New ‘Team’ Scheduling Awaits Franklin Middle School Students

Middle School Schedule

A new, “team-based” schedule will be introduced into the Middle School this year.

Come Sept. 1, Franklin Middle School students will be greeted with a new schedule, one designed to decrease hall congestion and allow teachers to focus on students.

The schedule will divide the roughly 1,100 students in grades 7 and 8 into four “teams” in each grade of about 125 students each. Each student team will have assigned to it an interdisciplinary faculty team of two math and English language teachers, as well as one science and one social studies teacher.

Most classes will be grouped together, so students won’t have to navigate from one end of the building to the other during class change times.

Also, academic classes for 7th graders will be limited to the building’s first floor, while 8th grade academic classes will be held on the second floor.

“The interdisciplinary teaming aspect is really strong,” said schools Superintendent John Ravally. “Now you have a select group of teachers working with a select group of kids, and you give those teachers the opportunity to artculate about those kids on a daily basis.”

“So if we start to really look at the data and analyze and identify those kids who are struggling, we can start to look at why they are struggling as a group of professionals and try to overcome that within our team,” he said. “That’s really focused work, then, which I think is going to help tremendously.”

Related: FMS Principal: Backpacks Are Verboten In Class

The idea to go with the team-based model was FMS principal Reginald Davenport’s. Davenport took over the FMS reins in December 2015.

Davenport said he was stunned the first time he saw a class change in the middle school.

“I thought, ‘What’s going on here?’ “ he said. “You’re standing in the hall, you’re blinking fast, there’s a lot of people moving around.”

That many 7th and 8th graders moving through the halls at the same time sometimes led to less-than-ideal interactions. Those interactions, Davenport said, could be reduced “in a way that’s supported by research, that’s not arbitrary.”

“Typically a student of that age, from a learning standpoint, needs support, but from a social-emotional growth level, needs a little more support as well,” Ravally said. The team model “really is geared toward supporting not only the academic part of the child, but the social-emotional part as well and it breaks a much larger community into smaller learning teams that leads to academic growth of middle school-aged children,” he said.

Team-based scheduling for middle schools has become the norm in education, both administrators said.

That method was used in “every other school I’ve been in,” said Davenport, whose last position was with a middle school in Plainfield. “I was surpiresed when I came here that it was departmentalized. The teaming concept is prevalent in the middle schools that I’m aware of.”

Davenport was only in the position a couple of weeks before he started mapping out the new plan, he said. He said he created a 16-member committee of teachers, supervisors and administrators to hash out the new plan in January.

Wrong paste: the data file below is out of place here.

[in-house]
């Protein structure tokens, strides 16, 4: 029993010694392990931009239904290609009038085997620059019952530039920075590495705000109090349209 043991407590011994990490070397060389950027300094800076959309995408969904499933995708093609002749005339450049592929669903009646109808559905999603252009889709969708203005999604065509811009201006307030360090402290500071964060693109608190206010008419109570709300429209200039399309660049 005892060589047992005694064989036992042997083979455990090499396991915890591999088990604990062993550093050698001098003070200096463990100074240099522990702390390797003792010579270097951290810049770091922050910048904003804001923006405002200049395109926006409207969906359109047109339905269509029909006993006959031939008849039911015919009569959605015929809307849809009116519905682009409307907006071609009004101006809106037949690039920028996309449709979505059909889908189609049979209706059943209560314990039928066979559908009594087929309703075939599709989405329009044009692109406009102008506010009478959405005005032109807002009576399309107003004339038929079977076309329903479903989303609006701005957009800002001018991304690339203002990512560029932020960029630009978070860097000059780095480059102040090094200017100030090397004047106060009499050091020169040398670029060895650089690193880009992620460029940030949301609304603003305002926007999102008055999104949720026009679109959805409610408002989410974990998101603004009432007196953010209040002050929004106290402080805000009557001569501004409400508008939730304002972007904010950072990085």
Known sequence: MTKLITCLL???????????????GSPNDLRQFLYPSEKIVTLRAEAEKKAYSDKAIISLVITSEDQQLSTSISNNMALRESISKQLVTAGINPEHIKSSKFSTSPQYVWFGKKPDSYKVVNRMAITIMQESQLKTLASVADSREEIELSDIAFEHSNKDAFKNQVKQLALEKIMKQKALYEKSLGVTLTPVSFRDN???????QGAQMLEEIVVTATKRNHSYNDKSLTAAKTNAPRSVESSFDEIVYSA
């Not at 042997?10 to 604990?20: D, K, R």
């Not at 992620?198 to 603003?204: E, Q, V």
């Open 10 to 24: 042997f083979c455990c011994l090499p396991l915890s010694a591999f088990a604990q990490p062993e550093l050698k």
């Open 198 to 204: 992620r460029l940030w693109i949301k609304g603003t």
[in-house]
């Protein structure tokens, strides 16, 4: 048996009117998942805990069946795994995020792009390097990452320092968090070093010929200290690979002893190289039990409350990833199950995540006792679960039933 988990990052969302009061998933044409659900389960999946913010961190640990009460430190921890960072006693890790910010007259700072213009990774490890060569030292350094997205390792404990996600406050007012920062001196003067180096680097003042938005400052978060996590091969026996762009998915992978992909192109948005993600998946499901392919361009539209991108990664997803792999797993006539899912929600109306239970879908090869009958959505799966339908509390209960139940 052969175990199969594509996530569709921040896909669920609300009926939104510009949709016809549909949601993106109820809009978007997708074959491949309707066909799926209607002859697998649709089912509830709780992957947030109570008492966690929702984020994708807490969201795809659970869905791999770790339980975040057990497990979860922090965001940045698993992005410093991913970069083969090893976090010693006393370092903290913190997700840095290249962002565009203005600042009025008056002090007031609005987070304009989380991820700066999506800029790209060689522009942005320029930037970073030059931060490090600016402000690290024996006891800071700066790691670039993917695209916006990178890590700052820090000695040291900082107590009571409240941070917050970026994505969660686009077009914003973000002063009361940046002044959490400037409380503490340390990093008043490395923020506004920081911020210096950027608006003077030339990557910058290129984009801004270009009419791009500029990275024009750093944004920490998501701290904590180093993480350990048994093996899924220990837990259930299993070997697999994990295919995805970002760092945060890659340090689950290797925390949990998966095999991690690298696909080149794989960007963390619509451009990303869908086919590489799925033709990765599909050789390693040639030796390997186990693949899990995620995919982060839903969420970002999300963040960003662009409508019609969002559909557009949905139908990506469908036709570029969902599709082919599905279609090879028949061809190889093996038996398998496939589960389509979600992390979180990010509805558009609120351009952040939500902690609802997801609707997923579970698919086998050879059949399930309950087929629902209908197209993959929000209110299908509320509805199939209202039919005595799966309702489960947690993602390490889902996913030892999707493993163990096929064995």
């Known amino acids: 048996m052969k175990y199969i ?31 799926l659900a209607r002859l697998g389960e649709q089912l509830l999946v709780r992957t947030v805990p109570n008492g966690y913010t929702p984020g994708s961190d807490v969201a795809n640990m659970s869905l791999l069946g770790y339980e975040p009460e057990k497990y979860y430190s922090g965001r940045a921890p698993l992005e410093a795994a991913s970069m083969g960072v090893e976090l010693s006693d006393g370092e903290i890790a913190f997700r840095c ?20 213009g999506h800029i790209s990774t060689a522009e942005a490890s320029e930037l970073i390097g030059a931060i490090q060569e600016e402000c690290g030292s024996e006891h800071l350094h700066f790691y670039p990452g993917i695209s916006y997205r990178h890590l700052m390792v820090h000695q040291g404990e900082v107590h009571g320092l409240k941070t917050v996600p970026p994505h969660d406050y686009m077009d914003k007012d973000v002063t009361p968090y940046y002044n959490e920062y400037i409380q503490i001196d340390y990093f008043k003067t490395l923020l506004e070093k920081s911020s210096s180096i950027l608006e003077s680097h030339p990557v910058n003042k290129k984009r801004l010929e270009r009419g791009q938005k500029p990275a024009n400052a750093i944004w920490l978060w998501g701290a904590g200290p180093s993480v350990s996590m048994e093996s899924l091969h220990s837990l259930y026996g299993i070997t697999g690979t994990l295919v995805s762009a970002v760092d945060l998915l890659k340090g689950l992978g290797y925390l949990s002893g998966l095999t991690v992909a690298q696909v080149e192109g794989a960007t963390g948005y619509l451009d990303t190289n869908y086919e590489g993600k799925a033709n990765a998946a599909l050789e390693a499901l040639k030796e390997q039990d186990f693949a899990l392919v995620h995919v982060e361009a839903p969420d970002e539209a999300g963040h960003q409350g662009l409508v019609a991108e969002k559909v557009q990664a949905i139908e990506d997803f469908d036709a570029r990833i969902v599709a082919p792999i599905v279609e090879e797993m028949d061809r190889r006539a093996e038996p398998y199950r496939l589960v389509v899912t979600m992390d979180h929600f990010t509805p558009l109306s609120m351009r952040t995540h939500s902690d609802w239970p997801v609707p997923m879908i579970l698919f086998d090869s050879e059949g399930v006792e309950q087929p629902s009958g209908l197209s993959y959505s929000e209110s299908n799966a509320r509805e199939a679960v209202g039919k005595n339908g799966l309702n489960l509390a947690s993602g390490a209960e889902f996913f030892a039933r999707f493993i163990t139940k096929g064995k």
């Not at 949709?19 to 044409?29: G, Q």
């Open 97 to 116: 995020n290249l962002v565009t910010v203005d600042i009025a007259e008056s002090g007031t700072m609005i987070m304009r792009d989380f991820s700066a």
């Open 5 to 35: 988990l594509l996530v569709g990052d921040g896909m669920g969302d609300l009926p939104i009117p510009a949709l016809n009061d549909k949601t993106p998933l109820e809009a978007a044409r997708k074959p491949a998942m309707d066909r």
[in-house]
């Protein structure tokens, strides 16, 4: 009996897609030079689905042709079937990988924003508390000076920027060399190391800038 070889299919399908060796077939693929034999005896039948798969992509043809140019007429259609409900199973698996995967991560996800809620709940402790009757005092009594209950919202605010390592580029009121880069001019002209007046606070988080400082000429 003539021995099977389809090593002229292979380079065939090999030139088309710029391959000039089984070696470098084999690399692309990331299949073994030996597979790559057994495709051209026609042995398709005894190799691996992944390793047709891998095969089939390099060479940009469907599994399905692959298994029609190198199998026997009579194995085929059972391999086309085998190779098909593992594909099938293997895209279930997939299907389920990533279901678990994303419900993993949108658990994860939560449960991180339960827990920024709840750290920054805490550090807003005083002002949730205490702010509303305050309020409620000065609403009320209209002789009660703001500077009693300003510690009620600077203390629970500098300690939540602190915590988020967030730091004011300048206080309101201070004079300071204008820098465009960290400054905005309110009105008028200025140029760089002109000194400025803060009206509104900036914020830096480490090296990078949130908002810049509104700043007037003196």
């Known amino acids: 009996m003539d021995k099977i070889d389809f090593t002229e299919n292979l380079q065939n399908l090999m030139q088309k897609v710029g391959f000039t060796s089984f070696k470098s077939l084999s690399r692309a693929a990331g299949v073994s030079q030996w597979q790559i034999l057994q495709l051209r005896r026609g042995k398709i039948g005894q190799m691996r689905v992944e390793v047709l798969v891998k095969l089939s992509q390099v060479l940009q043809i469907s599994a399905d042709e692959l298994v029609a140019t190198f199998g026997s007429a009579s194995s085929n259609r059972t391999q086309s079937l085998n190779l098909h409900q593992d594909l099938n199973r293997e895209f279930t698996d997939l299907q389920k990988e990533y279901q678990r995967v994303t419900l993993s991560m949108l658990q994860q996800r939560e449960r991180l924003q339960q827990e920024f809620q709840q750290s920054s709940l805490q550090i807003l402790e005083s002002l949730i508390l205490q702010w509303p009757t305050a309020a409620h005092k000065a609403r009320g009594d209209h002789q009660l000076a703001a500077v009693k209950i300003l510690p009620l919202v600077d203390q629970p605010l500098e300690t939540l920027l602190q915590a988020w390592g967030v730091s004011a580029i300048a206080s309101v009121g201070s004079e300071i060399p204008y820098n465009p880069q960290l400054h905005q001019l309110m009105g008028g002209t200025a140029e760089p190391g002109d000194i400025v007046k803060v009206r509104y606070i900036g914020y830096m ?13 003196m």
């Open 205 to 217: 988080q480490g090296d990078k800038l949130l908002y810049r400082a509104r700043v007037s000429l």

The committee put the last touch on the plan in May, Davenport said.

Each grade level will be divided into four teams comprised of about 125 students each. The teams will be able to name themselves, based on a theme set by the administration.

“That also will hopefully lead to pride in the team,” Davenport said. “The small learning communities will allow teachers to do things specifically with the teams.”

The team structure will also allow all of the teachers assigned to a particular team to meet and discuss their students in a way they could not if they were dealing with a group of 1,100 students, the two said.

“The kid who is struggling, the kid who has a problem, all the teachers can work together to help,” Ravally said.

“Also, when parents come in, they know there’s a team of teachers who know their child,” Davenport said.

Two of the teams in each grade will have special education teachers assigned to them, and two of the teams will have English as a Second Language and English Language Learner teachers assigned to them.

“We made sure that there were also advanced students on the same team (as the special education students),” Davenport said. “So it’s not just a team of special needs kids, it’s a broad mix of kids. Teachers make sure that their teaching methods and focuses are very specific.”

The schedules are staggered so that half the students in each grade will move through the halls at the same time, citing the number of bodies in the halls by more than half.

The school will retain its “A” and “B” schedules to accommodate electives, Davenport said.

Davenport said the team model should be imported into Sampson G. Smith School when it becomes a middle school and both schools hold grades 6-8 in 2018.

“We’re going to take the lumps and learn this,” he said. “There’s going to be some tweaking.”

“The conversation will be how do we expand this into 6th grades,” he said. “We have to see how we’re going to work through that.”


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